WWCC

All members of the Host family who are over the age of 18 years are required to have WWCC card.

Each state has their own requirement. Please arrange your WWCC card when you are making your application. We cannot provide you with a student until this information has been received.

 

Jurisdiction

Act

Type of program

ACT

No relevant Act

No formal Act or screening program, however, individual employers may require police checks at their discretion.

 

The difference between a Police Check and a Working With Children Check

Police Checks identify and release relevant criminal history information relating to convictions, findings of guilt or pending court proceedings. However, due to spent conviction/non-disclosure legislation and information release policies, there are limitations on the information a Police Check can provide (e.g., the Spent Convictions Scheme stipulates that prior convictions are not to be disclosed where 10 years have passed from the date of the conviction).

As the object of a Working With Children Check is to make an assessment of the level of risk an individual poses to children's safety, Working With Children Checks are more extensive, but also more targeted than Police Checks. For example, Working With Children Checks draw together information from various sources, but may include a primary focus on certain types of offences (e.g., sexual offences, offences related to the harm or mistreatment of a child). In general, Working With Children Checks give consideration to:

  convictions - whether or not they are considered spent or were committed by a juvenile;

  apprehended violence orders and other orders, prohibitions or reporting obligations;

  charges (i.e., where a conviction has not been recorded because, for example, a proceeding has not been heard or finalised by a court, or where charges have been dismissed or withdrawn);

  any relevant allegations or police investigations involving the individual; and

  relevant employment proceedings and disciplinary information from professional organisations (e.g., organisations associated with teachers, childcare service providers,

  

Who must undergo pre-employment child safety screening?

In all jurisdictions that have child-related employment pre-screening legislation, it is mandatory for certain individuals engaged in occupations such as education and childcare, child protection, child and family welfare, health, entertainment and recreation, and religious instruction to meet screening requirements. There are differences across the states and territories in who is required to undergo screening, and how different occupations are identified. Table 3 provides an outline of the settings in which pre-employment screening is required in each jurisdiction.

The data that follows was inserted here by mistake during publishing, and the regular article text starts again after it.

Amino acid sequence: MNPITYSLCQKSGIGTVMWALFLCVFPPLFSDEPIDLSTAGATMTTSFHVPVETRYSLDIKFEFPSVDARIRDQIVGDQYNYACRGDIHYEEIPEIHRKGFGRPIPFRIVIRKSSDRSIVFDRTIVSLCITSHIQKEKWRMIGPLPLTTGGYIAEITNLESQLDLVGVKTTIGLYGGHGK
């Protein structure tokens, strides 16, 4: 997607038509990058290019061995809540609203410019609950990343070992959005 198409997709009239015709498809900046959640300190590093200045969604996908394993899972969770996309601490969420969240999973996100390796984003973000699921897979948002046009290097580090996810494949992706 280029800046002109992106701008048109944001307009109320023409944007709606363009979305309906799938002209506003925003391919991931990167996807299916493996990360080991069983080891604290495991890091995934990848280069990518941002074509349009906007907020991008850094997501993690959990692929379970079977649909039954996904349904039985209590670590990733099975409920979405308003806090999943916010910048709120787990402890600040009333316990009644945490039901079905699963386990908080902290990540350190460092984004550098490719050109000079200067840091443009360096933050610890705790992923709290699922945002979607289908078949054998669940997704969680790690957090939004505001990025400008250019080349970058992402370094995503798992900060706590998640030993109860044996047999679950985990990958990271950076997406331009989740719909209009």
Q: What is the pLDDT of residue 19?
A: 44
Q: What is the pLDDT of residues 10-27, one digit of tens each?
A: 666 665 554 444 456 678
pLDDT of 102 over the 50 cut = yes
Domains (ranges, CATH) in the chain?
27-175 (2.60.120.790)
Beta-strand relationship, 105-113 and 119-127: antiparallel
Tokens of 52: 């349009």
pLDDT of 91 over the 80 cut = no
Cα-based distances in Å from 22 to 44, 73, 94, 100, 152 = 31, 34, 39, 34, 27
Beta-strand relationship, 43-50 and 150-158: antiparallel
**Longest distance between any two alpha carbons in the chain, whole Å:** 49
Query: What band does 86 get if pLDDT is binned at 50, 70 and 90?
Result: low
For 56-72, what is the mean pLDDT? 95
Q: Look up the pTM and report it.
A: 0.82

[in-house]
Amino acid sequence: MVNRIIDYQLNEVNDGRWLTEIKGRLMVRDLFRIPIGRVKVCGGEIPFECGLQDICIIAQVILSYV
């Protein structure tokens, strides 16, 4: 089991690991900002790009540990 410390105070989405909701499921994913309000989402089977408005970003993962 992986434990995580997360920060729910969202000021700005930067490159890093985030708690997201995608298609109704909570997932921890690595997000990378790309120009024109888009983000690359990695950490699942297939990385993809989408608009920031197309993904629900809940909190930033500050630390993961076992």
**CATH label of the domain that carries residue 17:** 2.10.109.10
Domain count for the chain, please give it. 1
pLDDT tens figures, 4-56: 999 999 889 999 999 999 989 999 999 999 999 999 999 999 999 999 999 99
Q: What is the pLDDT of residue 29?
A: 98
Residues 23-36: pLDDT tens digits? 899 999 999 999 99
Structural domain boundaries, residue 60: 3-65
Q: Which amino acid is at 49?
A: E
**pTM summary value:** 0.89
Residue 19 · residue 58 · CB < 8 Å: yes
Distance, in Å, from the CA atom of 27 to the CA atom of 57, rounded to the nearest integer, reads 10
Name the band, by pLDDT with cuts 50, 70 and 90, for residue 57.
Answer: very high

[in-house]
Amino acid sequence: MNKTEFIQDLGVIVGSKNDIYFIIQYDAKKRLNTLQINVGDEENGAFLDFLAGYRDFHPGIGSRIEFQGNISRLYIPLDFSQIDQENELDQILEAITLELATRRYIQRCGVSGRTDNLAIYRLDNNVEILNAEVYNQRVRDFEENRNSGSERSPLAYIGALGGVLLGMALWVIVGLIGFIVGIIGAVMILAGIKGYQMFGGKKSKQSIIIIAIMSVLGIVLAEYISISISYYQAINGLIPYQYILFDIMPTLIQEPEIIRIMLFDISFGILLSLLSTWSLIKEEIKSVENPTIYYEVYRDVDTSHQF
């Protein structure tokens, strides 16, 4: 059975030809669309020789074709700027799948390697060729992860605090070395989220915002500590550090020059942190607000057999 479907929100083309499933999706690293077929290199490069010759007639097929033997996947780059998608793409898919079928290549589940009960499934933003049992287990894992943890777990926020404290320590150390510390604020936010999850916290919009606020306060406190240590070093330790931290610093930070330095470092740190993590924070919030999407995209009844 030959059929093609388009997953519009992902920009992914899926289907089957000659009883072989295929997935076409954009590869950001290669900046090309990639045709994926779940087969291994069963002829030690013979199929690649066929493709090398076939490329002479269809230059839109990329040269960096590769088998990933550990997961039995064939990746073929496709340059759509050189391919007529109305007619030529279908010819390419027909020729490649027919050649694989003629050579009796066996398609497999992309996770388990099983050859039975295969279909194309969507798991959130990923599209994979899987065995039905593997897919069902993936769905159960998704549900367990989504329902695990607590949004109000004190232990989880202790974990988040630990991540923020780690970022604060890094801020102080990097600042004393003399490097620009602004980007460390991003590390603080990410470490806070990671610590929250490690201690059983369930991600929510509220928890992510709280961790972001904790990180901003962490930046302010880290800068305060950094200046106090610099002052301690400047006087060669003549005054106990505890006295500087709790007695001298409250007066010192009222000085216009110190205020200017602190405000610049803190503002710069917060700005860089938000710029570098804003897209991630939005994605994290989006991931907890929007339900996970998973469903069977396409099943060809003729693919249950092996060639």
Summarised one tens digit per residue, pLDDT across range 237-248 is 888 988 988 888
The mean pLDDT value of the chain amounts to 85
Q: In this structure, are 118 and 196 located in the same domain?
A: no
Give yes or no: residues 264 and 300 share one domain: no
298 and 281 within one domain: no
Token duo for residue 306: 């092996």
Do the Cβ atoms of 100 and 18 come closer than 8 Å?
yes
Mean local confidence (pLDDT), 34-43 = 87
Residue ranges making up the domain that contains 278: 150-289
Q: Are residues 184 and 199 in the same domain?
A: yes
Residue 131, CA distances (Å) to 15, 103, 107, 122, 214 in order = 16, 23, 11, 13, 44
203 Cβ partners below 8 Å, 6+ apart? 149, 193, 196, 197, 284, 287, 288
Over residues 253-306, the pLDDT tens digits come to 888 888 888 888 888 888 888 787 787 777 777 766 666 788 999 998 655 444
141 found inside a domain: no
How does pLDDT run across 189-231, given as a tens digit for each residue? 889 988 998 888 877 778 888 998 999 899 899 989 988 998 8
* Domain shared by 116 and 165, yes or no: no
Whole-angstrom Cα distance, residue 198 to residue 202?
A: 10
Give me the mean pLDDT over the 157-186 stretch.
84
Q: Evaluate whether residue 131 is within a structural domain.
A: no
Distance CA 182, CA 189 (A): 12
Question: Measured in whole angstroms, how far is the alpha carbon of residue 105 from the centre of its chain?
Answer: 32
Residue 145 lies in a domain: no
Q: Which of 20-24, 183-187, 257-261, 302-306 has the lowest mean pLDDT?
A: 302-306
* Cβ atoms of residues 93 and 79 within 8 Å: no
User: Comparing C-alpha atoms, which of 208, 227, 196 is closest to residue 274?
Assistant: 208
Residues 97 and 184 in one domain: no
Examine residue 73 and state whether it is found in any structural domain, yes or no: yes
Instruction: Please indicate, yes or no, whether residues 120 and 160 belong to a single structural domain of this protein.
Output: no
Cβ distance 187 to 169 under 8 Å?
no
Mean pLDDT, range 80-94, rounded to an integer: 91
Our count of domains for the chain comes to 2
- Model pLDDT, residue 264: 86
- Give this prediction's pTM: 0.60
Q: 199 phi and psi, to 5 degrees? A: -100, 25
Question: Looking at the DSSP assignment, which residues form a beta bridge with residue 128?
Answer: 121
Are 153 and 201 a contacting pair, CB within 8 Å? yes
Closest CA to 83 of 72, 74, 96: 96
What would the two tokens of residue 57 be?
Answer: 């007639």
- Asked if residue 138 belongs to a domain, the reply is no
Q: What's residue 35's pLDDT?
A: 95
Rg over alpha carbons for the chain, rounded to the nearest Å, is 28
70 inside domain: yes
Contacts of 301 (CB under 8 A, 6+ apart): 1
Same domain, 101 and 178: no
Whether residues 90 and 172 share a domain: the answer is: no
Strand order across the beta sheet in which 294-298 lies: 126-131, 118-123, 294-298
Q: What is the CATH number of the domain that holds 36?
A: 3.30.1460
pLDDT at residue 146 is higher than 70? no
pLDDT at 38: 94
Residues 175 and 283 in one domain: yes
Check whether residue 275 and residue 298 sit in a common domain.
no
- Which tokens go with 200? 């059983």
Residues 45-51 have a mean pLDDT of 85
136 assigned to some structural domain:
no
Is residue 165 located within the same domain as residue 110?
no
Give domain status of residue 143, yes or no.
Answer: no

Table 3. Child-related settings subject to screening regulations

Jurisdiction

Types of child-related settings subject to regulation

ACT

Services contracted to government are required to employ "fit and proper" people. This is interpreted as a requirement to obtain a National Police Check.

 

Requirements in Australian states and territories

Australian Capital Territory

The Australian Capital Territory government is currently developing a Working with Vulnerable People Checks system that will extend screening requirements for child-related employment. A discussion paper for consultation was released in September/October 2009 regarding the development of a Working with Vulnerable People (WWVP) Screening Unit, however legislation relating to a WWVP check has yet to be finalised.

Currently, there are no legal statutes that require people working with children to undergo a Police Check. However, services contracted to government have a contractual obligation to employ fit and proper people. This has been interpreted as a requirement to obtain a Police Check. Individual organisations may have developed polices that require their employees to undergo screening.

Residents of the Australian Capital Territory should contact the ACT Police Department for further information about obtaining a National Police Check, including forms and fees <www.afp.gov.au/what-we-do/police-checks/national-police-checks.aspx>.